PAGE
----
"And darling, while I am in the shop getting that Buzz Lightyear helmet, I might just pick up an X-Lite too"

"Ummm what? Oh yes, fine - dinner at 7:30 remember..."

If only.....
I arrived in the USA bikeless and single...... but now have five bikes and am marriedNigey
Nov 26, 2002 7:16 AM
I now have five bikes, all acquired since I got married. This doesn't include a Huffy bicycle I bought (yes, I did buy a Huffy) I've since thrown out. Before people snigger, I bought it because it was cheaper to buy one ($80 I think) and ride it to work than catch the bus everyday. I made money out of the deal, just not bragging rights on that one. I was also given a bicycle I used to keep the Huffy going, which was also thrown out.

Anyway I currently have:
old '80's Raleigh Technium converted to beater commuter bike with slicks
old '80's Fuji road bike which is too big for me, but I still ride it anyway
'96 Mongoose Rockadile HT updgraded with Manitou SX-R and XT and LX stuff.
'99 Vision VR-40 Recumbent short wheel base
'01 Cannondale Jekyll upgraded with SRAM 9.0 drivechain and XT disc hubs and Formula Activa disc brakes

.... and hopefully by January, I'll have paid off my layaway on an '02 Cannondale R500.

What can I say? My wife's been very understanding. Seriously, I think she realizes that with all the hobbies you can have, bikes are pretty healthy. You'll also notice that I don't have top of the range bikes (but still some pretty decent ones) so I don't go way over the top buying them -plus when I do buy I usually buy last years model on sale. I do ride all of the bikes on a pretty regular basis which also helps with my wife.

What's next? You know (don't laugh) I've always wanted a beach cruiser..... perhaps in 2005. And it will enable me to ride a different bicycle for every day of the week.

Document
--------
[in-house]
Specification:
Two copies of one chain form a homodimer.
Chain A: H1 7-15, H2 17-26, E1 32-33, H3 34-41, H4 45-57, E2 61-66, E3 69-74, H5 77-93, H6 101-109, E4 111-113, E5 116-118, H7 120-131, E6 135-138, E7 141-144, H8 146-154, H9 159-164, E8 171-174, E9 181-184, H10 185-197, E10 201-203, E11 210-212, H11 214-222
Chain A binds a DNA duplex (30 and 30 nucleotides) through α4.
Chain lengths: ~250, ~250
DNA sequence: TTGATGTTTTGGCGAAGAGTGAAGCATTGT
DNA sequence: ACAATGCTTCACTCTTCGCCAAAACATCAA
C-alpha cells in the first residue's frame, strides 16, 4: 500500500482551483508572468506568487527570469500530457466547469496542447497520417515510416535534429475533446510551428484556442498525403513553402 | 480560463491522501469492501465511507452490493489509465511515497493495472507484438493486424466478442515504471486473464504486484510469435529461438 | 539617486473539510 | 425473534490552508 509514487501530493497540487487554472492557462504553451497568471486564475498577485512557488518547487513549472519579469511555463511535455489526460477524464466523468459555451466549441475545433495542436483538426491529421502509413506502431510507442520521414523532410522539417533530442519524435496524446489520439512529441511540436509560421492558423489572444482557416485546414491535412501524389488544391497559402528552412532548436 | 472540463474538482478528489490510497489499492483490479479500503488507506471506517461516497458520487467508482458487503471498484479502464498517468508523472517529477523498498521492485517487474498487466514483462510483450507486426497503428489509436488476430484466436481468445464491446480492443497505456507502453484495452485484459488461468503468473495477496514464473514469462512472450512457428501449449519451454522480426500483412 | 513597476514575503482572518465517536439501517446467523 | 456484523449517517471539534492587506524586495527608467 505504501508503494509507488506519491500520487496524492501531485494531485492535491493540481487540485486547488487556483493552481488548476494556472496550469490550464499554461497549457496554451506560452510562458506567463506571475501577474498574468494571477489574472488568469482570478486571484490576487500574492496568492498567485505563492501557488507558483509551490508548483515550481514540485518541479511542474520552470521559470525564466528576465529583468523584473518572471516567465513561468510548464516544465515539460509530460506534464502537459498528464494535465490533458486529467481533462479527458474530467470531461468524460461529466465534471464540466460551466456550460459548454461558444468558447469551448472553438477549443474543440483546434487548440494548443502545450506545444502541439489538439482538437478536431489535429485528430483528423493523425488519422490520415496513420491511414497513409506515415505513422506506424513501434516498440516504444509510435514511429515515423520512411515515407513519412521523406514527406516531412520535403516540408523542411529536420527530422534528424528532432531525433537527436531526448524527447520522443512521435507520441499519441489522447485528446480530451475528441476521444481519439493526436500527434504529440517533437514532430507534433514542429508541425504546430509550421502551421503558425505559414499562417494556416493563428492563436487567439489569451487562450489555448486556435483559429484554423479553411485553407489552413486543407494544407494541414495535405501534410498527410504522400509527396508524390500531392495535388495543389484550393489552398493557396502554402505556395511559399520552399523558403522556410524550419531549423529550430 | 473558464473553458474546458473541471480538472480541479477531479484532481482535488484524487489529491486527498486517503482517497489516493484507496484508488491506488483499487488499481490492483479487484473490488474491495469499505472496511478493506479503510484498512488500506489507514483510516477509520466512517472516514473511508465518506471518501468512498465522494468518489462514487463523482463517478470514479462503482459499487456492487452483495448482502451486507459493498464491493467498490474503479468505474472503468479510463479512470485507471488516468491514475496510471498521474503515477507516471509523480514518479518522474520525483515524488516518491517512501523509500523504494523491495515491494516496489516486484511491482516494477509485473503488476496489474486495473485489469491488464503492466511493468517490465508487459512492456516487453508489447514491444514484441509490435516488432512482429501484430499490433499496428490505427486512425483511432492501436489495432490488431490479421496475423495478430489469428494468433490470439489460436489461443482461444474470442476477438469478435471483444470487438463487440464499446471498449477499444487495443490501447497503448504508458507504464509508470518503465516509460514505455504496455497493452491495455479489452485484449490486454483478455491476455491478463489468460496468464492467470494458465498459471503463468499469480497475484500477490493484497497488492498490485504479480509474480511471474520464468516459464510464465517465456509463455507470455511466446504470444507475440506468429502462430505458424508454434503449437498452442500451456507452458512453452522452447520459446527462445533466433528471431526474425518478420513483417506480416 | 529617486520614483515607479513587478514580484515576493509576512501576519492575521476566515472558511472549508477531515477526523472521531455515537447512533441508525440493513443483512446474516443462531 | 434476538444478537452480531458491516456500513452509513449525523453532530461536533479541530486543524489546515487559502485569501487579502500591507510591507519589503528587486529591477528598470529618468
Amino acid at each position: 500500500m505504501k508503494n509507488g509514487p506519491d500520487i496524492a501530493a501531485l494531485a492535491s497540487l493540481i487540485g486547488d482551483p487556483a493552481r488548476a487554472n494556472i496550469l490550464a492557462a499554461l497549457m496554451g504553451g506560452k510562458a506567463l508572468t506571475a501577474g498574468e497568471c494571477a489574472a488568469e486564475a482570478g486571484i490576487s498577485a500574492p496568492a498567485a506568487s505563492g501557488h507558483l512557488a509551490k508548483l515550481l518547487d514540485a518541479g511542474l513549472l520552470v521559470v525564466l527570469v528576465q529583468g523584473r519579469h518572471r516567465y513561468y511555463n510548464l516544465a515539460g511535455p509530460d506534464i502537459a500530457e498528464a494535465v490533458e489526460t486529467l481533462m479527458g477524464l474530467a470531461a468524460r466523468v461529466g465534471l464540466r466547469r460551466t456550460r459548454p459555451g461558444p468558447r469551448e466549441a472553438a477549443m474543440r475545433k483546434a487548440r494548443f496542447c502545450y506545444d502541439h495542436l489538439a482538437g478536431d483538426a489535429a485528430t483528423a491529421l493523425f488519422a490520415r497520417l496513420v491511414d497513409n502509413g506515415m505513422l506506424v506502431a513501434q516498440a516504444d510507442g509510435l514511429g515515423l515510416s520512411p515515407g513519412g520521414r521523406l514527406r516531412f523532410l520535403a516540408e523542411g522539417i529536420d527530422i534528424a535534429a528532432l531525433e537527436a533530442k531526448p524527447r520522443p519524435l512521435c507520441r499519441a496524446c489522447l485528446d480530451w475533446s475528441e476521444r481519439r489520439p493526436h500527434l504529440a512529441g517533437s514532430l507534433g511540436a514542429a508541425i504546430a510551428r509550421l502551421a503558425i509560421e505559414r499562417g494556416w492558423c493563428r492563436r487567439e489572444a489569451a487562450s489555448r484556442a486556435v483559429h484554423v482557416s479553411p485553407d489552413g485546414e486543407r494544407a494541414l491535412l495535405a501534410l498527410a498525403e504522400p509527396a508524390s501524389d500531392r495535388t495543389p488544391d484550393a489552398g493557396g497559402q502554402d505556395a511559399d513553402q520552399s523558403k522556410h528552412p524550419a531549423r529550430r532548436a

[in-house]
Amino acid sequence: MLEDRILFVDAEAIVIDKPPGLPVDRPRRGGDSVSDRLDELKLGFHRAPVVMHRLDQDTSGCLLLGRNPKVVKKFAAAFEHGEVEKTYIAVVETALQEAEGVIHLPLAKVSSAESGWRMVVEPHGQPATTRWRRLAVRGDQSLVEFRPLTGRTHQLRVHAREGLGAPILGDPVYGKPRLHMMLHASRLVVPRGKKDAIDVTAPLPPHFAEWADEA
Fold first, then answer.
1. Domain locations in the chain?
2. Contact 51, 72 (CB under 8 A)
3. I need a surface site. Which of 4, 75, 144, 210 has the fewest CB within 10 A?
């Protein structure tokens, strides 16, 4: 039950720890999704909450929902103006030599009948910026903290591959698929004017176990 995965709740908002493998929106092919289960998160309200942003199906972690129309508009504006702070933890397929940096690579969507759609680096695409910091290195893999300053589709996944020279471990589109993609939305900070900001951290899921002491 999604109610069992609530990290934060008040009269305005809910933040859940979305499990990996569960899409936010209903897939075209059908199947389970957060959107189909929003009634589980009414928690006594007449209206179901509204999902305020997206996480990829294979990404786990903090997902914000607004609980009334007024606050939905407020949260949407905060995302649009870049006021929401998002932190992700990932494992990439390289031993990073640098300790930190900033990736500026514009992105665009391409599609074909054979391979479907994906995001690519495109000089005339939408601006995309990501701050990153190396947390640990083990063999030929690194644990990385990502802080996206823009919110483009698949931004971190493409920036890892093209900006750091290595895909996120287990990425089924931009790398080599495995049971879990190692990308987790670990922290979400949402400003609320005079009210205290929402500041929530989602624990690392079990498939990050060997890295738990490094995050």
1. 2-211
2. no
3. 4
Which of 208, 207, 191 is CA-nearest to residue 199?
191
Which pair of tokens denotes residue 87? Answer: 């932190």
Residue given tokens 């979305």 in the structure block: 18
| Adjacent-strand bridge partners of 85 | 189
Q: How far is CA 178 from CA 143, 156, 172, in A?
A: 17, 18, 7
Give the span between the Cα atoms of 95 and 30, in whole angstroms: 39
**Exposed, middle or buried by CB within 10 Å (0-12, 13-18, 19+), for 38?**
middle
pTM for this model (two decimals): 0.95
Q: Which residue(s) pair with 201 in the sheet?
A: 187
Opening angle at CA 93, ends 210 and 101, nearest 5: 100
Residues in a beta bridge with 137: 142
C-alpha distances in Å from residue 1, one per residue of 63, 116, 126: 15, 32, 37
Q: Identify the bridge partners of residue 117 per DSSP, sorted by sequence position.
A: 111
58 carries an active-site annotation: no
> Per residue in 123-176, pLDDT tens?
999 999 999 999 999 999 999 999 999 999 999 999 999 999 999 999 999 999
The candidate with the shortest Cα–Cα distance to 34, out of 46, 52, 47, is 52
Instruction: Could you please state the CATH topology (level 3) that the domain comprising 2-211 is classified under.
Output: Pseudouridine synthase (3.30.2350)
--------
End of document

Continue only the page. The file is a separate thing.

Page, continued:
Is that a picture of you. . .Sintesi
Nov 26, 2002 7:46 AM
wearing the tinseled dunce cap, a dress, chiffon scarf and holding a beer?
OK, you lost me...Nigey
Nov 26, 2002 8:19 AM
Maybe my British humour is out of practice -but hey, the description did include a beer didn't it?
OK, you lost me...Sintesi
Nov 26, 2002 8:49 AM
You must click Eager Beagle's link above then you shall become enlightened.
Cheddar??boneman
Nov 26, 2002 3:32 AM
Is that the gorge where the final '99 Pru Tour went before going over the bridge? Is it as steep as it looked on the broadcast?
Cheddar??StevieP
Nov 26, 2002 3:59 AM
I dont recall the '99 Prutour (GileyD prob will) but Cheddar only has one gorge so I assume it is.

I rode Cheddar Gorge on Sunday. The bottom of the climb is prob 10-12%. One of the hairpins has got to be about 18%. All the nasty stuff is at the bottom. After that it flattens out to about 6%. The climb is prob 2 miles long but it is lovely. One of our faves.

None of the steep stuff is a problem to us as we have triples! Not because we are old and weak (both in our 30's and been riding for a long time but we could be a lot fitter and stronger!). We prefer to try & keep the heart rate lower so we can handle the longer distances in comfort.

By far the worst climb we ride locally is Brassknocker near Bath. It is 16%+ all the way & is prob 3/4 mile long. It is relentless. I have not ridden it on my triple yet but last time I was on 42/23 and it was very difficult to even turn the pedals even by standing on them (mind you I do weigh 196lb's (not all fat!!)).

Got any nasty climbs by you?
Cheddar??GileyD
Nov 26, 2002 4:13 AM
Yes, as I recall the 99 Prutour did go up Cheddar Gorge. As StevieP says, it is only tough at the bottom as you leave the high-fat food emporioms and "quaint" tea shops behind. After that you can get a good rhythm going, probably use 39x17.

Brassknocker Hill is evil but I love it. I remember watching one of The Kellog's Tours go up in it the early 90's, quite a few pros ended up walking it as they just couldn't turn the pedals! I did it in 42x23 once and have never known suffering like it! These days I use 39x25 on my "best" bike, or just stick it in the granny on my triple-equipped winter bike.

My best bike is a Litespeed Sirius with Campag Centaur, winter bike a Ribble 531c with Campag Mirage Triple and mudguards.

The South West is a great place to ride, we are also close to Wales which is cool. Plan to get up to the Peaks and the Lakes at some point to try some of the big climbs up there.

4x4's - can totally relate to the comments about them, why are they always (nearly always) driven by w*nkers???
Massive KnockersEager Beagle
Nov 26, 2002 6:37 AM
I (luckily) missed out on doing the Salisbury 200 Audax about a month ago. It went up brassknocker apparently, and there were dead bodies and burst kneecaps agogo, with those at the bottom slipping on the blood and vomit coming down the hill.